Zorro is also a top notch horseman. In Chapter 4, Zorro spurs his horse forward in a thrilling jump over a chasm--a frequently used scene in previous westerns, but still exciting nonetheless. The western influence would also be felt in some of the other action scenes. One of the scenes contains a famous stunt by Yakima Canutt, the great stunt man who worked on so many of the Republic serials. In Chapter 7, Canutt (standing in for Reed Hadley as Zorro) attempts to stop a stagecoach. He rides alongside the horses pulling the stage and jumps onto the back of the lead horse. Then, with bullets whizzing past his head, he swings between the horses and begins to work his way back to the stagecoach. He slides under the stagecoach, climbs up the back, and punches out the driver. If this scene sounds familiar, it should. Steven Spielberg stole this stunt completely for Raiders of the Lost Ark, where the stagecoach is replaced by a truck, which Indiana Jones overtakes in a similar fashion.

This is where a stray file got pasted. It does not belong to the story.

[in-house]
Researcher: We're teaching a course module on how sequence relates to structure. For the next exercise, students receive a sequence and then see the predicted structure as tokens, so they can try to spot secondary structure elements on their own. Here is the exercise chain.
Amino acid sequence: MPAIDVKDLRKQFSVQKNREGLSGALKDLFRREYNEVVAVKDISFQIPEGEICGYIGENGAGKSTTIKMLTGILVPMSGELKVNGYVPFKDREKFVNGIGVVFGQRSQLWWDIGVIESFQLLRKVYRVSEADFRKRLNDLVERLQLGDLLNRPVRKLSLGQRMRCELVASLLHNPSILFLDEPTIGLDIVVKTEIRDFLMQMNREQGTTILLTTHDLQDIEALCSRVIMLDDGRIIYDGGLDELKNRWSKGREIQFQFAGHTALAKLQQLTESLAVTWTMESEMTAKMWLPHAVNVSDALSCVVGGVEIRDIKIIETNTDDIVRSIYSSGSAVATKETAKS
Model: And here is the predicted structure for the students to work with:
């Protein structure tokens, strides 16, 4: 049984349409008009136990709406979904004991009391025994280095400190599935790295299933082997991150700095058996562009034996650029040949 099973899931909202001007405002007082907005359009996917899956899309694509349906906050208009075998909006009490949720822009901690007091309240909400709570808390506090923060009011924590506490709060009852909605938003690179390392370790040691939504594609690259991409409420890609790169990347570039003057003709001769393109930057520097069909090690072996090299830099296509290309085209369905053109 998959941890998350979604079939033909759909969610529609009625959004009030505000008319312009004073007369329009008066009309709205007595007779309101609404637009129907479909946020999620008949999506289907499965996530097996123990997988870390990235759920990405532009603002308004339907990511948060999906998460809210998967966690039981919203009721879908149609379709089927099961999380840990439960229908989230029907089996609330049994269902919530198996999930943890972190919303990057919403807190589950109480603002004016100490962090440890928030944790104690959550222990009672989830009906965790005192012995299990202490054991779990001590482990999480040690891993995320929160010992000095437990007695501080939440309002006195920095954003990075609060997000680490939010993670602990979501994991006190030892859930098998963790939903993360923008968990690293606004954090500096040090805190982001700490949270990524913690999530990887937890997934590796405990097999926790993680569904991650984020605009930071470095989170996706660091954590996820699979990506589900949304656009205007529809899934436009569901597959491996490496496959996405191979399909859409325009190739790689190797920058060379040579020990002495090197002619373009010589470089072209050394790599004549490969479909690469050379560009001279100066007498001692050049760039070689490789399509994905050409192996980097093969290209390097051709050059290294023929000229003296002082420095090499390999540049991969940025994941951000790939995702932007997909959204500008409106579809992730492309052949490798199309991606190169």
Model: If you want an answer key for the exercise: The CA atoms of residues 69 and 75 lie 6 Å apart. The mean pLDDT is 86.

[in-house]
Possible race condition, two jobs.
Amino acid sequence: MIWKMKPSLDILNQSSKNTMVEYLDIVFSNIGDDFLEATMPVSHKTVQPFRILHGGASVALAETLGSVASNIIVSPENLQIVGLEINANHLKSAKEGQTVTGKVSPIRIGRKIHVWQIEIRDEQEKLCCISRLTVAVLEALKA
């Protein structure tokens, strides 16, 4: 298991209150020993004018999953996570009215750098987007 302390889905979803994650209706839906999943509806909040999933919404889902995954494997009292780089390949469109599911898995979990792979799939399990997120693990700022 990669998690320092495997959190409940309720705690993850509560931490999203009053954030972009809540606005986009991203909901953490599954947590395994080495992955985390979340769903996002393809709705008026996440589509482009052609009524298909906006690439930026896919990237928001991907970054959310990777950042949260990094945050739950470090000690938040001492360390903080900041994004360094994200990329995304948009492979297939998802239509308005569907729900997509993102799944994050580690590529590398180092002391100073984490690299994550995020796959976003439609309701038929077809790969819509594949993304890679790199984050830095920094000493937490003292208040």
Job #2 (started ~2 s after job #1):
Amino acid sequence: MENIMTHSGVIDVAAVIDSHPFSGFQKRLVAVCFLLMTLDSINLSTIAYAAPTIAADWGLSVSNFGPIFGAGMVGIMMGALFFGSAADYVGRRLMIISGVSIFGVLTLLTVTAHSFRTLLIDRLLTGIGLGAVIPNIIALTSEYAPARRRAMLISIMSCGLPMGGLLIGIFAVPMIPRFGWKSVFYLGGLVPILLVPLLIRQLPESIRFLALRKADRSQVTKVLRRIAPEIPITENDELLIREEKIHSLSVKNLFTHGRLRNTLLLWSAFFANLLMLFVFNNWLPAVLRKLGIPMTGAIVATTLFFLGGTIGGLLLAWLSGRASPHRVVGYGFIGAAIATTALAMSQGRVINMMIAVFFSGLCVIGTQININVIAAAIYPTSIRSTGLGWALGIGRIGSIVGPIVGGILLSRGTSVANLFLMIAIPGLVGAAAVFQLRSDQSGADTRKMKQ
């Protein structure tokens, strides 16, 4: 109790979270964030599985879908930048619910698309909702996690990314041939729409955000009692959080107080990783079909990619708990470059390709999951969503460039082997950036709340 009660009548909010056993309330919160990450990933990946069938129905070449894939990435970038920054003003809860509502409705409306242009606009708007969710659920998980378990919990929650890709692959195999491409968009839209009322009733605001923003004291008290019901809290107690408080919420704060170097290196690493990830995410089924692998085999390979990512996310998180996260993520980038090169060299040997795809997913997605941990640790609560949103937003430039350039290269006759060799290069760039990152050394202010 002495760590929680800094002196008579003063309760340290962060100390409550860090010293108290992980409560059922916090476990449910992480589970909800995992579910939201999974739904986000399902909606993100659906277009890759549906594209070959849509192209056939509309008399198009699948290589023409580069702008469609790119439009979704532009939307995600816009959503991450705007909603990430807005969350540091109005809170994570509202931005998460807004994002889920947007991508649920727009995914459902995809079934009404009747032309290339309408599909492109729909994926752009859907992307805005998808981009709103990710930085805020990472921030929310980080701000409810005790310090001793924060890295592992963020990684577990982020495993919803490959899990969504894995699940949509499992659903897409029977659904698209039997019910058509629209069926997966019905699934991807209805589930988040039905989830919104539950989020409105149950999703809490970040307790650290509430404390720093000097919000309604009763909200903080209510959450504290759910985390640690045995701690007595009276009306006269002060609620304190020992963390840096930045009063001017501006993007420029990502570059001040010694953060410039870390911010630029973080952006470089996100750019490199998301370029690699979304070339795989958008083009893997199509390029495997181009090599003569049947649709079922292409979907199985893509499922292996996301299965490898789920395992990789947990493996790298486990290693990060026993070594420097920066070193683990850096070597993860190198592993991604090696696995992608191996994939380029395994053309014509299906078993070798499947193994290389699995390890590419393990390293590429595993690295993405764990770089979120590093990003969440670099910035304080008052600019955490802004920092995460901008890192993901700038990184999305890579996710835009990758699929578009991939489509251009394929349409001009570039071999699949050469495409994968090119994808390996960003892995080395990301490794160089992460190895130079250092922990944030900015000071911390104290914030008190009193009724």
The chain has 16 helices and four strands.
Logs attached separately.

See Yakima Canutt's stagecoach stunt, an excerpt from Zorro's Fighting Legion.
(Animated GIF, 25 frames, 180 KB)

Unlike the strictly utilitarian camera angles you'll find in most serials, Zorro's Fighting Legion contains some startling images, such as the aforementioned scene where Zorro crashes through a window. Other impressive images include a shot up a mine shaft as a runaway elevator plummets toward the camera--and toward Zorro, who's trapped in the shaft! Or try one of Zorro's leaps across a chasm: the camera is placed at ground level so that Zorro's horse can kick up dust into the camera as it lands and bounds away with Zorro. Witney and English consistently chop up spaces with a mix of close-ups, medium shots, low shots, high shots, reverse shots, etc. Many serial directors simply dropped their camera in one place and let it go, always chopping spaces in half and enforcing a theatrical approach to mise en scene. An efficient but deadly dull modus operandi.

Under the guiding hand of Witney and English, with the magnificent stunt work of Yakima Canutt and the good performance by Reed Hadley, Zorro's Fighting Legion emerges as one of the all-time greats. "We ride / With wind over hill, over dale / With a spirit that cannot fail / Men of Zorro are we. / We ride!"

The Serials: An Introduction
Page 1: In the Theaters
Page 2: The Beginnings
Page 3: Enter Flash Gordon
Page 4: The Golden Age
Page 5: The Downfall

The Phantom Empire

Flash Gordon

Dick Tracy

The Fighting Devil Dogs

Zorro's Fighting Legion

The Shadow

Mysterious Dr. Satan

Spy Smasher

Perils of Nyoka

The Tiger Woman

Serials Web Links